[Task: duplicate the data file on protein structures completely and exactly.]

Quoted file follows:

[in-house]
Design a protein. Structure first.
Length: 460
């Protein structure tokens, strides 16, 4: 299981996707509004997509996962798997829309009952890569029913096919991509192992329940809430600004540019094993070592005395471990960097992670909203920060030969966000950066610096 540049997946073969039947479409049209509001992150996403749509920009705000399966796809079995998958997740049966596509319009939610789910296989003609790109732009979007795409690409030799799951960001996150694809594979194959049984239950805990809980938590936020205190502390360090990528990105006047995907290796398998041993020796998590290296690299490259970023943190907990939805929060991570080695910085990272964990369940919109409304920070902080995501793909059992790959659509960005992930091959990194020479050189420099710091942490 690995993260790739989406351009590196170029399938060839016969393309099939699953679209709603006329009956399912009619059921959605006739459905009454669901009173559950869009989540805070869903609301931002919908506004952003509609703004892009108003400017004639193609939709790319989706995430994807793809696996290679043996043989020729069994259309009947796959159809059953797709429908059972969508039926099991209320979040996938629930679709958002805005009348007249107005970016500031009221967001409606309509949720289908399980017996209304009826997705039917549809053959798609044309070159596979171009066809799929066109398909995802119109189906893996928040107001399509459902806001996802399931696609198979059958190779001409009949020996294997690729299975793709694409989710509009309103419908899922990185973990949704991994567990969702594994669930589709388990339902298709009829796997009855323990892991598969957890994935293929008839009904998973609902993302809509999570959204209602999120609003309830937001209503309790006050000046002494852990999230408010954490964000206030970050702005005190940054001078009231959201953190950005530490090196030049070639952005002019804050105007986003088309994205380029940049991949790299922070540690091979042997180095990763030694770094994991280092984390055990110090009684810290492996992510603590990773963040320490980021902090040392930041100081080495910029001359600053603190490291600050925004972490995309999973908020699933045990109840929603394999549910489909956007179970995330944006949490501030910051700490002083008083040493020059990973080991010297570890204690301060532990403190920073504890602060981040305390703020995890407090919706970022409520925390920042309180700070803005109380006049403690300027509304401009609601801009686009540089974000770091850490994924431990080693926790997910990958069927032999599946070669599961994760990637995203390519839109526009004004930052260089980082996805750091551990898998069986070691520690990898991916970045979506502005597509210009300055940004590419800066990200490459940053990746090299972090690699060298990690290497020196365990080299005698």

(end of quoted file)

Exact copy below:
[in-house]
Design a protein. Structure first.
Length: 460
């Protein structure tokens, strides 16, 4: 299981996707509004997509996962798997829309009952890569029913096919991509192992329940809430600004540019094993070592005395471990960097992670909203920060030969966000950066610096 540049997946073969039947479409049209509001992150996403749509920009705000399966796809079995998958997740049966596509319009939610789910296989003609790109732009979007795409690409030799799951960001996150694809594979194959049984239950805990809980938590936020205190502390360090990528990105006047995907290796398998041993020796998590290296690299490259970023943190907990939805929060991570080695910085990272964990369940919109409304920070902080995501793909059992790959659509960005992930091959990194020479050189420099710091942490 690995993260790739989406351009590196170029399938060839016969393309099939699953679209709603006329009956399912009619059921959605006739459905009454669901009173559950869009989540805070869903609301931002919908506004952003509609703004892009108003400017004639193609939709790319989706995430994807793809696996290679043996043989020729069994259309009947796959159809059953797709429908059972969508039926099991209320979040996938629930679709958002805005009348007249107005970016500031009221967001409606309509949720289908399980017996209304009826997705039917549809053959798609044309070159596979171009066809799929066109398909995802119109189906893996928040107001399509459902806001996802399931696609198979059958190779001409009949020996294997690729299975793709694409989710509009309103419908899922990185973990949704991994567990969702594994669930589709388990339902298709009829796997009855323990892991598969957890994935293929008839009904998973609902993302809509999570959204209602999120609003309830937001209503309790006050000046002494852990999230408010954490964000206030970050702005005190940054001078009231959201953190950005530490090196030049070639952005002019804050105007986003088309994205380029940049991949790299922070540690091979042997180095990763030694770094994991280092984390055990110090009684810290492996992510603590990773963040320490980021902090040392930041100081080495910029001359600053603190490291600050925004972490995309999973908020699933045990109840929603394999549910489909956007179970995330944006949490501030910051700490002083008083040493020059990973080991010297570890204690301060532990403190920073504890602060981040305390703020995890407090919706970022409520925390920042309180700070803005109380006049403690300027509304401009609601801009686009540089974000770091850490994924431990080693926790997910990958069927032999599946070669599961994760990637995203390519839109526009004004930052260089980082996805750091551990898998069986070691520690990898991916970045979506502005597509210009300055940004590419800066990200490459940053990746090299972090690699060298990690290497020196365990080299005698």